Indy Digest: Dec. 20, 2021
President Biden is scheduled to speak tomorrow about the steps the country is taking to deal with the latest COVID-19 surge—which, you may have heard, is causing quite a ruckus.
Delta’s running amok. Omicron’s starting to run amok—and is now the dominant strain in the U.S. (More below.) Happy holidays!
Here’s what I wish would happen when Biden speaks tomorrow. It certainly won’t happen, for all sorts of reasons, but if this DID happen, it would do the world sooooo much good:
I wish President Biden and former President Trump would do a joint speech—and urge people to get vaccinated and boosted.
Over the weekend, President Trump revealed that he had received a booster shot. Here are the details, according to The Washington Post:
At a joint event in Dallas, conservative political commentator Bill O’Reilly noted that both he and Trump had been vaccinated.
“Both the president and I are vaxxed and — did you get the booster?” O’Reilly asked Trump.
The former president paused slightly before responding, “Yes.”
Some in the crowd began booing, prompting Trump to wave his hand disapprovingly.
“No, don’t, don’t, don’t, don’t … ” Trump said. “That’s all right. It’s a very tiny group over there.”
While, again, there’s no chance it would happen, such a joint appearance would do amazing good. Would it convince all, or even most, of the unvaccinated and unboosted to go get their shots? Heavens no. For one thing, people decide against vaccinations for all sorts of reasons that don’t have to do with Donald J. Trump. For another, a lot of people who do follow Trump’s lead would find a conspiracy-theory reason to disregard the joint appearance—they’d declare it to be a deep fake, or claim there was some sort of hidden message in what Trump said telling true believers to NOT get vaccinated … or something. (Remember: People have been hanging around Dallas waiting for the late John F. Kennedy Jr. to show up and return Donald Trump to the presidency.)
But a not-insignificant number of people would heed the advice. A joint appearance of Biden and Trump will never happen … but it would be one of the best things to happen to the country in 2021 if it did.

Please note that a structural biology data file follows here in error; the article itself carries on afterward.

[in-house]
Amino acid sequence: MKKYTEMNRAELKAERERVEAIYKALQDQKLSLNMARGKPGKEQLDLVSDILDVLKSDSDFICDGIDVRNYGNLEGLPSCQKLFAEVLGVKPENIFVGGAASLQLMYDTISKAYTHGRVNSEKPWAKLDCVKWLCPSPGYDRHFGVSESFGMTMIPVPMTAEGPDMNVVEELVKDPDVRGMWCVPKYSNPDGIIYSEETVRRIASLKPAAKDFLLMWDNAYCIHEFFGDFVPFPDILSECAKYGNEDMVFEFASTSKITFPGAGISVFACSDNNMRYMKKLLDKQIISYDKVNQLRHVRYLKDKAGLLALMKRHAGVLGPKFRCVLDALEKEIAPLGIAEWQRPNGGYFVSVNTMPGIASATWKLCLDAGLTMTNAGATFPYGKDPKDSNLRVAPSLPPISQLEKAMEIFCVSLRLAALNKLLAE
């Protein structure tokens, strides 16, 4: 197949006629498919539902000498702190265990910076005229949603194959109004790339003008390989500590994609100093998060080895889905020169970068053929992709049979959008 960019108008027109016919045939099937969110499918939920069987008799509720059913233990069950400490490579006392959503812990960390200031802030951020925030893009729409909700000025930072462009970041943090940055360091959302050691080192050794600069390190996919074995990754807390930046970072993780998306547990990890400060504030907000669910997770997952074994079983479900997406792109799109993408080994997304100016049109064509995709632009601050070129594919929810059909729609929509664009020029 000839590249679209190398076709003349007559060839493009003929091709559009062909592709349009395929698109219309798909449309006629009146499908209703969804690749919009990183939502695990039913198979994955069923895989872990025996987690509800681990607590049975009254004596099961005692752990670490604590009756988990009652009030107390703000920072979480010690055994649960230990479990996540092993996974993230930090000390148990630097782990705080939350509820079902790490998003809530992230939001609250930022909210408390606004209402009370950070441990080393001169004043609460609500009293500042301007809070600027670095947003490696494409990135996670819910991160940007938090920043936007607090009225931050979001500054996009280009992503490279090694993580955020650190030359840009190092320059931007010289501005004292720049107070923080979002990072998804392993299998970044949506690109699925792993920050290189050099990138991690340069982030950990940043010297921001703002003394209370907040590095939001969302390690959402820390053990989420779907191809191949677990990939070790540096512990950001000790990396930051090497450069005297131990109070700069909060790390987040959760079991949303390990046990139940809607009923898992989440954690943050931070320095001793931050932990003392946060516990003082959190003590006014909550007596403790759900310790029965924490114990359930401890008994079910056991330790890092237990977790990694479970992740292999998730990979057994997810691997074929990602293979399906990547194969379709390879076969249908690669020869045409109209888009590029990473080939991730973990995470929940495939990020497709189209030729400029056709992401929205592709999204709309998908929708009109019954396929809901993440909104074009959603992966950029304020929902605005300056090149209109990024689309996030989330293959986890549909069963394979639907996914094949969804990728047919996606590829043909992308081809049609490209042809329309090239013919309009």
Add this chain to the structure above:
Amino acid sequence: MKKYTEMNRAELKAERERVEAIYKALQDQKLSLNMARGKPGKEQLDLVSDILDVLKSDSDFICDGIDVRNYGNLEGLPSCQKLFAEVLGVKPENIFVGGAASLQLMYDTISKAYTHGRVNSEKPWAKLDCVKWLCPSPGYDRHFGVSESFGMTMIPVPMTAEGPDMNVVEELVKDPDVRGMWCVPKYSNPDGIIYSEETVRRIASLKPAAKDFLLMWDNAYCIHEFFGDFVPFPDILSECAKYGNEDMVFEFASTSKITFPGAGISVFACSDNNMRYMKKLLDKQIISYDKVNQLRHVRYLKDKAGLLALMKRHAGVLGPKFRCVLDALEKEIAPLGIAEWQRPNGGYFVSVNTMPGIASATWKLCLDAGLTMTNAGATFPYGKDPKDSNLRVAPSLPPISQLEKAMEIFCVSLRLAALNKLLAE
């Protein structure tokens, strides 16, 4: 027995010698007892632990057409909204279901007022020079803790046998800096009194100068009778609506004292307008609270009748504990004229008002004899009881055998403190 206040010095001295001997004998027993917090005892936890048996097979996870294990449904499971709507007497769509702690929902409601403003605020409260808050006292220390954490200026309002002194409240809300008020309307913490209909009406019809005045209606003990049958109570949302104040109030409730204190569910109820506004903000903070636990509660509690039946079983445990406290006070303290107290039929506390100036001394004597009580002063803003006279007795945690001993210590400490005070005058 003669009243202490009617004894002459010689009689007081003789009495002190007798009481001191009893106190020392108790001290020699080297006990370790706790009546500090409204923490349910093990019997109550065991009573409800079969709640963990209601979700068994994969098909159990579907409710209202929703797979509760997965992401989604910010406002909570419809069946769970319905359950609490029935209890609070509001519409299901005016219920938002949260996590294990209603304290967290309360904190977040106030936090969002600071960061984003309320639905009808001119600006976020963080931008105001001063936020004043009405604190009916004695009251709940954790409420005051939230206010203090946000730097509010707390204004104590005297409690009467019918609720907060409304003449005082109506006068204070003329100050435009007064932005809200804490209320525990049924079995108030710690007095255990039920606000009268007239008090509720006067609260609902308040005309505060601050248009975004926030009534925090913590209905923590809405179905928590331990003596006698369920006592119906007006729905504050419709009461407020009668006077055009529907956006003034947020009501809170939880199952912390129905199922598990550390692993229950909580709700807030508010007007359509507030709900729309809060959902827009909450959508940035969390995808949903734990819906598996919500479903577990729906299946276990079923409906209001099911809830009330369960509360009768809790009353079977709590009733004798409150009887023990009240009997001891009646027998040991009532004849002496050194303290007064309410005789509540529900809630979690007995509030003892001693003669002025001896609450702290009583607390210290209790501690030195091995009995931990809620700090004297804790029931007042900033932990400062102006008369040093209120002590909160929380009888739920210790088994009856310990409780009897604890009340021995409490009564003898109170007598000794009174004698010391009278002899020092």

From the Independent
Photography Legend: An Exhibit With Michael Childers’ Works—Both Old and New—Christen a New Yucca Valley Gallery
By Cat Makino
December 18, 2021
A chat with Michael Childers as the new Joshua Tree Gallery of Contemporary Art features some of his iconic works.
Spidey Supreme: ‘No Way Home’ Is Fun and Original, Representing the Best of Marvel Movies
By Bob Grimm
December 20, 2021
Spider-Man: No Way Home astounds frame after frame—and reminds you that fun, original movies, featuring worlds of constant possibilities, can still be made.
The Indy Endorsement: The Peruanas Empanada at Mi Cultura
By Jimmy Boegle
December 20, 2021
Mi Cultura’s Peruanas empanada has everything one could possibly desire in a savory hand pie—meatiness, saltiness, earthiness and spice.
Caesar Cervisia: The Coachella Valley Continues to Be a Frustrating Place for Lovers of Craft Beer
By Brett Newton
December 17, 2021
The good news: Most of the Coachella Valley craft beer scene has weathered the pandemic thus far. The bad news: It still needs some help.
DIY and Determination: Blue Sun Hopes Debut Album ‘Worst Case Scenario’ Helps the Band Move Beyond the Backyard Scene
By Matt King
December 18, 2021
Blue Sun released debut album Worst Case Scenario on Nov. 27—and will be performing at The Hood on Jan. 14.
Best of Coachella Valley Winners’ Advertising Spotlight!
• While the pandemic news coming in around the country is horrible, so far, the Coachella Valley news is not terrible. First, the results of the Palm Springs wastewater testing for SARS-CoV-2 done last week are in … and the levels are up, but only slightly—with omicron likely present. A graph on the report showing a comparison of this year compared to last is striking. as you can see below. The blue line is testing through Dec. 15 in 2021; the red line is testing during the same dates last year.
• Meanwhile, local hospitalizations as of yesterday were at their lowest point in almost a month. According to Kevin Duncliffe, 45 COVID-19 patients were in our three local hospitals. Let’s face it: An omicron spike is probably inevitable here … but the lower the case and hospitalization base level is, the better.
• Related (as for as the omicron part): Congrats to the variant, which has overtaken delta as the U.S.’ top SARS-CoV-2 type! The Associated Press terrifyingly reports: “Omicron has raced ahead of other variants and is now the dominant version of the coronavirus in the U.S., accounting for 73% of new infections last week, federal health officials said Monday. The Centers for Disease Control and Prevention numbers showed nearly a six-fold increase in omicron’s share of infections in only one week. In much of the country, omicron’s prevalence is even higher. It’s responsible for an estimated 90% of new infections in the New York area, the Southeast, the industrial Midwest and the Pacific Northwest.”